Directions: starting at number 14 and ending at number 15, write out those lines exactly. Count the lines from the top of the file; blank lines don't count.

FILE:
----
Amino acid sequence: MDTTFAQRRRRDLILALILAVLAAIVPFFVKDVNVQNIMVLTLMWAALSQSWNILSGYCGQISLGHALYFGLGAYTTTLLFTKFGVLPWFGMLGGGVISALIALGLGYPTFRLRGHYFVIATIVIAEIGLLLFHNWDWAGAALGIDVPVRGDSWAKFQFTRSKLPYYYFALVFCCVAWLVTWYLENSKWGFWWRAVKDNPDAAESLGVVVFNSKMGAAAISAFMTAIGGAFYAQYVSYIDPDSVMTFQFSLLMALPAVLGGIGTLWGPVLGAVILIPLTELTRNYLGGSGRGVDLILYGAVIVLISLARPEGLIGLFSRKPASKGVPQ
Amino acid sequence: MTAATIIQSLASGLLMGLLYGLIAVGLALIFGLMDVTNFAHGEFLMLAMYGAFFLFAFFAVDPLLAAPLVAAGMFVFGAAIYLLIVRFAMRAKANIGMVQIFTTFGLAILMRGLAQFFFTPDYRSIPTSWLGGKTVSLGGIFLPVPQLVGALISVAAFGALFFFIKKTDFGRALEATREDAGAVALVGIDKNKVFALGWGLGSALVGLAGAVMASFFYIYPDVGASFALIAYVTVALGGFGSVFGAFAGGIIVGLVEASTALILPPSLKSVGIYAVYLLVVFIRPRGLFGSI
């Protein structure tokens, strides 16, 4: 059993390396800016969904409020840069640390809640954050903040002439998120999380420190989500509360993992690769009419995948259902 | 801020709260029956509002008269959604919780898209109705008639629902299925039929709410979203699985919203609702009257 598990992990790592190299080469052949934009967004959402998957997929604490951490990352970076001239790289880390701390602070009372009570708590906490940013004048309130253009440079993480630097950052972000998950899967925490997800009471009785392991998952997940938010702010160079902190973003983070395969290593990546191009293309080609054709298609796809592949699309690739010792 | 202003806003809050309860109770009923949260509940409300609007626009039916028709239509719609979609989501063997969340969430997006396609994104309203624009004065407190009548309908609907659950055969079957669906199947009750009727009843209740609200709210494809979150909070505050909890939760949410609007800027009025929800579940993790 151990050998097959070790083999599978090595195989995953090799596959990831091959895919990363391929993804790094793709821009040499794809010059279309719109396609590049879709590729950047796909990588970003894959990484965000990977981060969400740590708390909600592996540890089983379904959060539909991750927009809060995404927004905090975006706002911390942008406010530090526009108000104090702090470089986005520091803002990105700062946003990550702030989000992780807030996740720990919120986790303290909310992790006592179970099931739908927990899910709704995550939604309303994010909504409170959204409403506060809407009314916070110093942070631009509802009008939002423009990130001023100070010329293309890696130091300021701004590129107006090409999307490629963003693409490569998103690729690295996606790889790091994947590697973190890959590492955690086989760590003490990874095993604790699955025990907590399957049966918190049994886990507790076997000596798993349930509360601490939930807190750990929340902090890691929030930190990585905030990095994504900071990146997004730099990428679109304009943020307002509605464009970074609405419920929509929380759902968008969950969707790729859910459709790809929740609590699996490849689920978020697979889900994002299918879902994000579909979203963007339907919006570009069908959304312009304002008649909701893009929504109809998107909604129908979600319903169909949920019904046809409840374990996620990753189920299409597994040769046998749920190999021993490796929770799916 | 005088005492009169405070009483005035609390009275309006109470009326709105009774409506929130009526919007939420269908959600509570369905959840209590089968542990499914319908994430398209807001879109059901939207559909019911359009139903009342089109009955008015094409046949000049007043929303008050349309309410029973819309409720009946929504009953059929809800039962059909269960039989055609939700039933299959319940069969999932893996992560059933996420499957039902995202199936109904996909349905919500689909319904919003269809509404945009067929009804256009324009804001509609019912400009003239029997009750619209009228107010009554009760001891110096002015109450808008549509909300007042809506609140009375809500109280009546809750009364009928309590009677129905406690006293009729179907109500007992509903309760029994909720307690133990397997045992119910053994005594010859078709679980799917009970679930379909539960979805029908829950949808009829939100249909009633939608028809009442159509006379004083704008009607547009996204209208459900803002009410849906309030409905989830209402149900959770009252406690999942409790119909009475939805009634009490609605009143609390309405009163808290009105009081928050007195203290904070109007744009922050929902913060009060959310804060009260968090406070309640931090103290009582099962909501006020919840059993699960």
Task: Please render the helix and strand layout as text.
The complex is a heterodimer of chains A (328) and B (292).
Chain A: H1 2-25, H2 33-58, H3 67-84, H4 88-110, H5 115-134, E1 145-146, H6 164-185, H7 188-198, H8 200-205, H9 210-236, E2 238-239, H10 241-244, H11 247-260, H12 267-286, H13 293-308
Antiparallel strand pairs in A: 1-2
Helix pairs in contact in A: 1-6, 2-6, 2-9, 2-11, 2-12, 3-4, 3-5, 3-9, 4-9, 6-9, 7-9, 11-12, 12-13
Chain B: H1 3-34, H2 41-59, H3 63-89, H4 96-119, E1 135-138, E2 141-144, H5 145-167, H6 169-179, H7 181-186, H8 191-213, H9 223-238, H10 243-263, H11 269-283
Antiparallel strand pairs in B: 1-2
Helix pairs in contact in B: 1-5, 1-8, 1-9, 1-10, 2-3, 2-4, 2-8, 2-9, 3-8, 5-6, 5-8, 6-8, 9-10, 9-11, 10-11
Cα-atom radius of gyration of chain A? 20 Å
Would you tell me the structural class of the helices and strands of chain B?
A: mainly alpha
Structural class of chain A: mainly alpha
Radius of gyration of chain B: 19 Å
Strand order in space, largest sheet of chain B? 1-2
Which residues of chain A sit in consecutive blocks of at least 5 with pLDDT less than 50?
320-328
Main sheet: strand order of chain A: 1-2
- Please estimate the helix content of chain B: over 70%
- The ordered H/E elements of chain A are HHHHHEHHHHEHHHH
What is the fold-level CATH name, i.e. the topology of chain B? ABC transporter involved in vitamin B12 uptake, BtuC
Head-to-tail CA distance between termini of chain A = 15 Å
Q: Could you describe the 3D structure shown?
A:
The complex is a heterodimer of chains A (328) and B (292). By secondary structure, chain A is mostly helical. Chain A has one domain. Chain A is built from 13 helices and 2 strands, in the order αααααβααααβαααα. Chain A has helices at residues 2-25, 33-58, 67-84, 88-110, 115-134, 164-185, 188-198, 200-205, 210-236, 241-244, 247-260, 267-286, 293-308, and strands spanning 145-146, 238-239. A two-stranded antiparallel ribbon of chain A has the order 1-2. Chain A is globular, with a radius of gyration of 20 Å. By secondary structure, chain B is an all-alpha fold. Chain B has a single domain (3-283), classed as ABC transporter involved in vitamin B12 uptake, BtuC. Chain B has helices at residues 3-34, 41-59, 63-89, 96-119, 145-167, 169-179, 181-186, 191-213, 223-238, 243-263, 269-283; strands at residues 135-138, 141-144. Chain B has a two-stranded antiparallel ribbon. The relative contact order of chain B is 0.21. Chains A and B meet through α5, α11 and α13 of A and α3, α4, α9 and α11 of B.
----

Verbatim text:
A: mainly alpha
Structural class of chain A: mainly alpha